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    Architecture vs Structural Questions

    I work for an architectural firm. We are trying to figure out the best way to handle real collaboration between models. With mechanical, plumbing and electrical it's pretty straight forward. The question is how to handle structural.

    1. CMU and concrete walls. We need to have control over CMU walls so we can insert doors and windows. Structural needs control for obvious reasons. Who models the CMU walls? Is it best to have BOTH arch and struct model cmu walls?

    2. Roof decks. Should structural model steel roof decks and the architectural model the rigid insulation and roofing material?

    3. Floor slabs and floor decks. Should structural model this (I think yes) and architectural NOT model it?

    We're trying to figure out the best practice and procedure to eliminate duplication of effort, to make collaboration smooth and make the best use of Revit between disciplines. What are you guys doing and what have you to work the best?

    Thanks.

    #2
    Where I work we are in house Arch and Struct. The Arch owns all the walls. Struct will model the curbs where needed. I am trying to work with Arch to get the curbs to be in the Arch walls.

    Idealy IMO Struct would own the structural portion of the wall and Arch would own the finishes.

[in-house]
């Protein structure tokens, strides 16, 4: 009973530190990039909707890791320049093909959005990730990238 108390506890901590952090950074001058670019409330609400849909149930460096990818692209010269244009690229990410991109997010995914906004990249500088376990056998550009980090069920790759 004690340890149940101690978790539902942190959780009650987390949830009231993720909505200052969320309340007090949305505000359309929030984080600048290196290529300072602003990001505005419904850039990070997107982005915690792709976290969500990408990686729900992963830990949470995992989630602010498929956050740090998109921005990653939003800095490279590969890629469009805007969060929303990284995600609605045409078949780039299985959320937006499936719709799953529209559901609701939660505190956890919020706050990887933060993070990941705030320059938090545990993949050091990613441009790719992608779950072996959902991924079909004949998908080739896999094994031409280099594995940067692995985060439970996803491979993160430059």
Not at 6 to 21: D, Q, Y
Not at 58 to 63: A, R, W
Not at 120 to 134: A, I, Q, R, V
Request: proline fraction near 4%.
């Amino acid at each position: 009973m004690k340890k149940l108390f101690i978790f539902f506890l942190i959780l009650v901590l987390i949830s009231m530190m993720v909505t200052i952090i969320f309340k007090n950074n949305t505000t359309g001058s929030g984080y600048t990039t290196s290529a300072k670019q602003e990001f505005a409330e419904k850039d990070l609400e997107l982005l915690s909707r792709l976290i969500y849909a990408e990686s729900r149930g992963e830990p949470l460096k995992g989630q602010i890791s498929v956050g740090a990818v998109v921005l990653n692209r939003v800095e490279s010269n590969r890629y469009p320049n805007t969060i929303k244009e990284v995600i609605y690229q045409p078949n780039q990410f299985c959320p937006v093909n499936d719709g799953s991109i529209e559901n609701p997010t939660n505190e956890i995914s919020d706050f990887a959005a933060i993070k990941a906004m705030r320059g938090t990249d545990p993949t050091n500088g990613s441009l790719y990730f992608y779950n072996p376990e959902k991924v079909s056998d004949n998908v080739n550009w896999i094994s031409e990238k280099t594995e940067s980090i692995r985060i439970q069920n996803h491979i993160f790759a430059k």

Structural will use Floors for everything (floors can have cut profiles), Arch Roof sits on top of the Struct Floor.

    Same for floors. Struct own the floor and Arch puts another on top for finishes.

    Copy Monitor Levels and Grids.
    -Alex Cunningham

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      #3
      Originally posted by renogreen View Post
      I work for an architectural firm. We are trying to figure out the best way to handle real collaboration between models. With mechanical, plumbing and electrical it's pretty straight forward. The question is how to handle structural.

      1. CMU and concrete walls. We need to have control over CMU walls so we can insert doors and windows. Structural needs control for obvious reasons. Who models the CMU walls? Is it best to have BOTH arch and struct model cmu walls?